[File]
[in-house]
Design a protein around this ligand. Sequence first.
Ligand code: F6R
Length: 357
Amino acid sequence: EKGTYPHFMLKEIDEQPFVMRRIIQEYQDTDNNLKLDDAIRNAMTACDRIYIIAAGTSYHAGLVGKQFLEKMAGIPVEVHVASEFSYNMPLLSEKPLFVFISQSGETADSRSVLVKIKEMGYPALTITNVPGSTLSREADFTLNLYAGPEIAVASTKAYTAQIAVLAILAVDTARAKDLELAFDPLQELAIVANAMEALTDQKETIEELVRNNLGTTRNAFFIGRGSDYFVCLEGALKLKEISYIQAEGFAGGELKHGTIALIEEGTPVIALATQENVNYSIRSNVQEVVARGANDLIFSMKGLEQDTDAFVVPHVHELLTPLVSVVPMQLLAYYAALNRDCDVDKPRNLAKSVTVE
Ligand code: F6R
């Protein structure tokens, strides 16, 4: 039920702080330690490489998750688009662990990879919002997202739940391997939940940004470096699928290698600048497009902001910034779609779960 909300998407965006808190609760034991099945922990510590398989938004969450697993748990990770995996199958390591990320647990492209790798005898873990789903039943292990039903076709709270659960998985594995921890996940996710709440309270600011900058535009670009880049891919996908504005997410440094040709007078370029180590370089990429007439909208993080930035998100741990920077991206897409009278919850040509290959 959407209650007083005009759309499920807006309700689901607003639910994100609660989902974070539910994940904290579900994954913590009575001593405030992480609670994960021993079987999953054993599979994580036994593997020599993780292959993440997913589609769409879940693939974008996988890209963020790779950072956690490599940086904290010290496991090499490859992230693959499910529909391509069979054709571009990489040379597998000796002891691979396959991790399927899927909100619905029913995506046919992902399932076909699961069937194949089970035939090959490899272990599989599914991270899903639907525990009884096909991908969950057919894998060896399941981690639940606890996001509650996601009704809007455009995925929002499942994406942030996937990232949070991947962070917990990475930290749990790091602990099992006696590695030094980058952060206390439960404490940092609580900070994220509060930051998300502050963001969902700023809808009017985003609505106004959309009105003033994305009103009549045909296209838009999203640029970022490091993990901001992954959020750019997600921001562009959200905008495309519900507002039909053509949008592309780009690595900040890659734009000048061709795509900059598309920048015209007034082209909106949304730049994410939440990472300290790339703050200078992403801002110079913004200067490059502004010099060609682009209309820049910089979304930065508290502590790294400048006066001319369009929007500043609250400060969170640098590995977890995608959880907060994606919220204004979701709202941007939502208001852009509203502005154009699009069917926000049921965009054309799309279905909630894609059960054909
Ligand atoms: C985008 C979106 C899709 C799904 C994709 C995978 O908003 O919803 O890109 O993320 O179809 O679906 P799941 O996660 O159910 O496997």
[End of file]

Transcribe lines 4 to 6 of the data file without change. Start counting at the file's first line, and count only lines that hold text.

Length: 357
Amino acid sequence: EKGTYPHFMLKEIDEQPFVMRRIIQEYQDTDNNLKLDDAIRNAMTACDRIYIIAAGTSYHAGLVGKQFLEKMAGIPVEVHVASEFSYNMPLLSEKPLFVFISQSGETADSRSVLVKIKEMGYPALTITNVPGSTLSREADFTLNLYAGPEIAVASTKAYTAQIAVLAILAVDTARAKDLELAFDPLQELAIVANAMEALTDQKETIEELVRNNLGTTRNAFFIGRGSDYFVCLEGALKLKEISYIQAEGFAGGELKHGTIALIEEGTPVIALATQENVNYSIRSNVQEVVARGANDLIFSMKGLEQDTDAFVVPHVHELLTPLVSVVPMQLLAYYAALNRDCDVDKPRNLAKSVTVE
Ligand code: F6R